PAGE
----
Yingluck vows to fight on for justice, democracy

Yingluck vows to fight on for justice, democracy

Former prime minister Yingluck Shinawatra promised a good fight on Friday to prove her innocence and return justice and democracy to Thailand.

"Democracy has died in Thailand today, along with the rule of law," Ms Yingluck said in a statement released Friday on her personal Facebook page.

Former prime minister Yingluck Shinawatra shows her image on her Facebook page with messages to fight against injustice after the NLA impeached her and state prosecutors decided to file ciminal charges against her on the rice-pledging scheme. (Photo from Yingluck's Facebook page)

The former premier took to Facebook to offer her reaction to Friday's vote to impeach her after the National Council for Peace and Order requested her "cooperation" in cancelling a planned press conference at Bangkok's SC Park hotel. She now will face criminal charges to be filed by the Office of the Attorney General.

"The move to destroy me is still on-going and I face it now," she wrote. "(But) I am strongly determined to fight until the end to prove my innocence, regardless of what the outcome may be."

Ms Yingluck also promised to stay alongside the people to restore democracy.

"Thai people can go on without Yingluck. But ... no one can survive if there is no justice in Thailand," she wrote.

Her condemnation came hours after the National Legislative Assembly voted to impeach her 190 to 18 with eight abstentions and three invalid ballots. Ms Yingluck is the first prime minister impeached in Thai political history and will be banned from politics for five years.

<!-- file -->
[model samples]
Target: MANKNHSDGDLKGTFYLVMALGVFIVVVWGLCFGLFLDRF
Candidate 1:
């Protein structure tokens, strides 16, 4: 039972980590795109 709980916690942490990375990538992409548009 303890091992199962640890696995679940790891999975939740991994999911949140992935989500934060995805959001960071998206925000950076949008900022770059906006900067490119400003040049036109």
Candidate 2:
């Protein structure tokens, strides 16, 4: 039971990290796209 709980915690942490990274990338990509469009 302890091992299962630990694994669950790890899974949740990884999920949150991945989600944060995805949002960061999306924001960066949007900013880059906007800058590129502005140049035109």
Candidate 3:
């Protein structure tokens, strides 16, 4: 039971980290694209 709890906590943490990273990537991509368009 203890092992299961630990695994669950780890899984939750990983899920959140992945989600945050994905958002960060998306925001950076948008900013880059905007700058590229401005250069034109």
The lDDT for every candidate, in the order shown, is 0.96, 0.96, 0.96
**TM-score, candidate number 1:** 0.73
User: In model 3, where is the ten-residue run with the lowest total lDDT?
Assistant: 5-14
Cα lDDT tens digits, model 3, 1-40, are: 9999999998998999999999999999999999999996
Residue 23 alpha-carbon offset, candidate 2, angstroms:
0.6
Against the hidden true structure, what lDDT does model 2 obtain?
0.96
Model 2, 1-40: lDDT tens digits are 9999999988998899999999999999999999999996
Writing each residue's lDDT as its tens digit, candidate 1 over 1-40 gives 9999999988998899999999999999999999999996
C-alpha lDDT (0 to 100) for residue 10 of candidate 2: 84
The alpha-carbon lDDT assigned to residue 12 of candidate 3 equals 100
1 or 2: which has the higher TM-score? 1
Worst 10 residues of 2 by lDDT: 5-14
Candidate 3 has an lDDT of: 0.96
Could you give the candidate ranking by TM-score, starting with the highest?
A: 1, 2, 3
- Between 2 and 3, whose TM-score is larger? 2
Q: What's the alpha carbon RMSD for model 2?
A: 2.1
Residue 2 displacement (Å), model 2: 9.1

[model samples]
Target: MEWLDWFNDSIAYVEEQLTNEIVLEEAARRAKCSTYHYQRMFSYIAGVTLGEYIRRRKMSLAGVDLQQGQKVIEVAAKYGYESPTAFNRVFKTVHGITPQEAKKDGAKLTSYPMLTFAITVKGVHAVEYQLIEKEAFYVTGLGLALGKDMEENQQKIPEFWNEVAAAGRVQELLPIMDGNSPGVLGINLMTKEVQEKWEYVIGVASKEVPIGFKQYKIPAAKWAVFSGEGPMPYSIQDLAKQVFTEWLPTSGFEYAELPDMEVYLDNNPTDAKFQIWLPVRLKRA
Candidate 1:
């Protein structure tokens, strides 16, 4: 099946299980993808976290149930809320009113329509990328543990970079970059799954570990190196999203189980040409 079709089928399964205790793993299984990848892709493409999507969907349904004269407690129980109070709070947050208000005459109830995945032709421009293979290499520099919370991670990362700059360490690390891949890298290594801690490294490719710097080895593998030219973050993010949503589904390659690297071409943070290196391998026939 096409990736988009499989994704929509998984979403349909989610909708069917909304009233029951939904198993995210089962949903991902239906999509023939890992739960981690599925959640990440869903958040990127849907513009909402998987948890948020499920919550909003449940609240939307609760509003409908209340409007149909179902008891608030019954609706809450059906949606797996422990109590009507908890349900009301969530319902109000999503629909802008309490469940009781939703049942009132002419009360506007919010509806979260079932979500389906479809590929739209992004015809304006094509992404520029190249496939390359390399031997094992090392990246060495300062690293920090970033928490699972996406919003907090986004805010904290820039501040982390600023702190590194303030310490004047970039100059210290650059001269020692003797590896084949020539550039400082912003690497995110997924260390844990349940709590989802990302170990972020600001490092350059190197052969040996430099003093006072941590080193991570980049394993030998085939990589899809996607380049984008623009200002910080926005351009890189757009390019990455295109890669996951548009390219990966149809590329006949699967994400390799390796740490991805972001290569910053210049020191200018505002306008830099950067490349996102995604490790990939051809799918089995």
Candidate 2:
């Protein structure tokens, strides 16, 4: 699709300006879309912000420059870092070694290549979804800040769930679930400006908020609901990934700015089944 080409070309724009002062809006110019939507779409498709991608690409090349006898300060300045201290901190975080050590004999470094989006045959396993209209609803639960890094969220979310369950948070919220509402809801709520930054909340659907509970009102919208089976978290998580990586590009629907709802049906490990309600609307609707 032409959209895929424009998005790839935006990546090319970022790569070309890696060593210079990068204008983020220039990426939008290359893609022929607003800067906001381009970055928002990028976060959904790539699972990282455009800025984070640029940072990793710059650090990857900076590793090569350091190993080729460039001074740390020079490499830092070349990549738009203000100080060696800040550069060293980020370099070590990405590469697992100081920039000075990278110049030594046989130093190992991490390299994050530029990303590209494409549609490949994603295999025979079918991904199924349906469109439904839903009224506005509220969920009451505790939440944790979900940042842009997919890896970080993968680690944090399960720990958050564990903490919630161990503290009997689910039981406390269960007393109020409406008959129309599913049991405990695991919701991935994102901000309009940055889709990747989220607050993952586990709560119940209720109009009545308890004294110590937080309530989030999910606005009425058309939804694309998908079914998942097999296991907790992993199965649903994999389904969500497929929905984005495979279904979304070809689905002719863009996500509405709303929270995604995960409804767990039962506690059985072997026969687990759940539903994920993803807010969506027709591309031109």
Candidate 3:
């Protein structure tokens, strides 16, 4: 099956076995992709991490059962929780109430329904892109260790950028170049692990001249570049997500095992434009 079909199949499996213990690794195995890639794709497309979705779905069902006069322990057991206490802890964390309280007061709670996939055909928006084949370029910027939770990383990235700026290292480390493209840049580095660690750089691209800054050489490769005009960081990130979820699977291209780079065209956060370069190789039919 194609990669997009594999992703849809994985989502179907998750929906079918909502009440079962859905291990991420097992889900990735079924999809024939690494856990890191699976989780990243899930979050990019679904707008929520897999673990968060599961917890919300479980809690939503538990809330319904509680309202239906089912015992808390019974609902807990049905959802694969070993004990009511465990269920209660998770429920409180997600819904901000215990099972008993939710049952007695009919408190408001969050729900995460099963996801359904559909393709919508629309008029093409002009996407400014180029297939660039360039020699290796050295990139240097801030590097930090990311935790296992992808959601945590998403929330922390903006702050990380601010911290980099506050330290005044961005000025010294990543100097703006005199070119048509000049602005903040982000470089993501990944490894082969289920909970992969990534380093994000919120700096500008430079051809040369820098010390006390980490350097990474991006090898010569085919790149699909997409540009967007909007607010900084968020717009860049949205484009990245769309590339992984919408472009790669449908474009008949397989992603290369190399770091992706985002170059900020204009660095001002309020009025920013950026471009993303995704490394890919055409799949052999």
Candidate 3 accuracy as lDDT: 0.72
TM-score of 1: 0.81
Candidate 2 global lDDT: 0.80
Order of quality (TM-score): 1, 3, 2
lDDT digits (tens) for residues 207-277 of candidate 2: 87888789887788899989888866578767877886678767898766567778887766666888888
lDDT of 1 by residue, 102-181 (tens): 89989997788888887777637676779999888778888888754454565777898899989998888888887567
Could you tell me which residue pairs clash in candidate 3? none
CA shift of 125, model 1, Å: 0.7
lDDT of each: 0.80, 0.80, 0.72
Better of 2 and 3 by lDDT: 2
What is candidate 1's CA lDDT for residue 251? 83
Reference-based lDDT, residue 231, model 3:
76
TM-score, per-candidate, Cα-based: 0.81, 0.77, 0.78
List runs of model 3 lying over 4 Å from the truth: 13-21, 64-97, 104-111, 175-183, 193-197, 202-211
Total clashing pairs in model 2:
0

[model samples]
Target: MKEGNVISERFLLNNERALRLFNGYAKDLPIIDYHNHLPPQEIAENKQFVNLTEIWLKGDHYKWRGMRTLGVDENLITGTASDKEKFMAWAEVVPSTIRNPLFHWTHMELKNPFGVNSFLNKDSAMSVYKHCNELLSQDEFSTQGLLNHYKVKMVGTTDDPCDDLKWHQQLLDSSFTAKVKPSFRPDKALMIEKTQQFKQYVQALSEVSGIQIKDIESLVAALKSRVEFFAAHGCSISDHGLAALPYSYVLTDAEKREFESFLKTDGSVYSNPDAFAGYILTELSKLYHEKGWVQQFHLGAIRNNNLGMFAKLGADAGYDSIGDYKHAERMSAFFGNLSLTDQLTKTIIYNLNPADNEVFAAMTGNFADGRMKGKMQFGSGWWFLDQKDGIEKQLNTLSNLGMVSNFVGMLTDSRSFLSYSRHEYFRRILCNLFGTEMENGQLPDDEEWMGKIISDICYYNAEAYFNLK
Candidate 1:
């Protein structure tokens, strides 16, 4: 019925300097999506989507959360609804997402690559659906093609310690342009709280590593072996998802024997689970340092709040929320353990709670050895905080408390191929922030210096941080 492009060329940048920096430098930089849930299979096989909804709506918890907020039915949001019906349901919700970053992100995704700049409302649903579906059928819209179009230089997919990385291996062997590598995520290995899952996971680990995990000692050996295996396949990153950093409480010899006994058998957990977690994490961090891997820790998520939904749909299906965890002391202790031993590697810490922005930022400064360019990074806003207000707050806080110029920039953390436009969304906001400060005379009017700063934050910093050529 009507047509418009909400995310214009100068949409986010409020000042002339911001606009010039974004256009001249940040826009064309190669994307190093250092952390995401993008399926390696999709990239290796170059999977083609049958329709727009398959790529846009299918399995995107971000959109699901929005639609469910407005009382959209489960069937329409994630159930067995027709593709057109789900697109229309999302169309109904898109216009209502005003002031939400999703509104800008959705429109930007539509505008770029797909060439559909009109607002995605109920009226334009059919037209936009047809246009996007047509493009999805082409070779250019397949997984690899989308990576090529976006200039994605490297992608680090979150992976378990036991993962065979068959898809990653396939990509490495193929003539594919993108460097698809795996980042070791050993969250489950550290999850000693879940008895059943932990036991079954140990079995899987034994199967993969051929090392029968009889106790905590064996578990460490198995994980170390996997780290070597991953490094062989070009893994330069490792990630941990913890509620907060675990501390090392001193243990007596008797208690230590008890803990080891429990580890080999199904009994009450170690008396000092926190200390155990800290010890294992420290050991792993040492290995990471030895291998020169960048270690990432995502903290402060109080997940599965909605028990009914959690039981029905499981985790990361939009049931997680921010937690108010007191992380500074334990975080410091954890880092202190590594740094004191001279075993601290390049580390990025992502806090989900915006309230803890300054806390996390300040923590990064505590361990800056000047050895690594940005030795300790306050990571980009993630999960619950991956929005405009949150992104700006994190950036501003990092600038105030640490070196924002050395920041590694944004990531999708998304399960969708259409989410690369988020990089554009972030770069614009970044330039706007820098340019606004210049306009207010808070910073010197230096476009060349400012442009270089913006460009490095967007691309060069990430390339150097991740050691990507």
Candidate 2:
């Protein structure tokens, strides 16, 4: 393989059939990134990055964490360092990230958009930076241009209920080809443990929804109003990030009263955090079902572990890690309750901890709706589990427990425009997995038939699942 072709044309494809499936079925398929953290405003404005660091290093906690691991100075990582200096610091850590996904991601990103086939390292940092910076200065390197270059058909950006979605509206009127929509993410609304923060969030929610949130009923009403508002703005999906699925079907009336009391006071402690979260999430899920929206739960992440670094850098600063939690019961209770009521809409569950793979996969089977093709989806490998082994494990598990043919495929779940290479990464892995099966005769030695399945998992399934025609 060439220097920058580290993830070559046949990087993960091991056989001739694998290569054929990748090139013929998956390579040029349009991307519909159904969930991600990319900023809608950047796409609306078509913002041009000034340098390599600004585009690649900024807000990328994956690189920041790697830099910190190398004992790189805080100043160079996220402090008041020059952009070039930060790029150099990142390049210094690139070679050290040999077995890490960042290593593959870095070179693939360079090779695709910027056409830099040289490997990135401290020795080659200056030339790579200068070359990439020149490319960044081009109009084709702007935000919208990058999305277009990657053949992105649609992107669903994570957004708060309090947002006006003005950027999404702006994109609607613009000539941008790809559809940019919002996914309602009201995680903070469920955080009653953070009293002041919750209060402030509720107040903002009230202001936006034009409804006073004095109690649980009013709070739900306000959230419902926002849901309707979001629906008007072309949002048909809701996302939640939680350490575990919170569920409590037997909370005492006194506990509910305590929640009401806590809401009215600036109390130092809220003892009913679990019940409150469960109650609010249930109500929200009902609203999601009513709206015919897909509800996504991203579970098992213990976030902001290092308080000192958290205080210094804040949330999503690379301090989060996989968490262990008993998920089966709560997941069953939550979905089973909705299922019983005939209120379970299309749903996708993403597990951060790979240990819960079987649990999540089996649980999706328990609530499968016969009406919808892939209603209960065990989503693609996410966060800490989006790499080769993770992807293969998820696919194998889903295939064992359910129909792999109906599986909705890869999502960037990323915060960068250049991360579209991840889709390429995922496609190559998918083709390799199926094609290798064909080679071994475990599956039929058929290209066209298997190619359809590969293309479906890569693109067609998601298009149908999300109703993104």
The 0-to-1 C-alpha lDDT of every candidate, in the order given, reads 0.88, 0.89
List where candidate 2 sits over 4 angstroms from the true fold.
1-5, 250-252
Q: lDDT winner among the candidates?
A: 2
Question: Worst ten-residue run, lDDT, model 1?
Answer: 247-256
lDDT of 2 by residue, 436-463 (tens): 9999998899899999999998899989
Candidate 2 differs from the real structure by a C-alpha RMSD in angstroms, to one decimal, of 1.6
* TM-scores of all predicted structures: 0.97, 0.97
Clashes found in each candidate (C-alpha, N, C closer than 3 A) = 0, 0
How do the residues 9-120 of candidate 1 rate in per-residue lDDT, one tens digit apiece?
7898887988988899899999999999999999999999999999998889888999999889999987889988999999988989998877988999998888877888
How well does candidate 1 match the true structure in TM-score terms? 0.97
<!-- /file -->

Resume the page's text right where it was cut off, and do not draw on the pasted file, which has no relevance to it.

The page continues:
"The vote came out as expected," she said.

The impeachment vote followed the decision by the OAG to press criminal charges against her over the controversial rice-pledging programme.

The embattled former prime minister said the two moves were not a "co-incidence" and warned that reconciliation efforts would be endangered if justice cannot prevail.

"Reconciliation is possible without attempts to corner one person in particular," she said. "I don't hold any positions. What I have left is the legal case imposed on me to fight it in court."

Ms Yingluck reminded her supporters of her pledge to pursue reconciliation during a speech delivered at an international conference in Ulan Bator in Mongolia on April 29, 2013.

"I would like to see reconciliation and democracy gain strength. This can only be achieved through strengthening of the rule of law and due process." she said at the time while calling for other countries to step in to fight "anti-democratic regimes".

The OAG will pursue criminal charges over financial losses racked up during the rice-pledging scheme at the Supreme Court's Criminal Division for Political Office Holders in one month.

The former premier defended the programme, saying farmers have lost the opportunity to overcome hardship and now were returning to a circle of debt and poverty.

Her brother, Thaksin, was convicted and sentenced to two years in jail by the Supreme Court in 2008 for abuse of authority during his term as prime minister in order to help then-wife Potjaman purchase of a prime real estate plot on Ratchadaphisek Road. He left the country for self-exile before the court's verdict.

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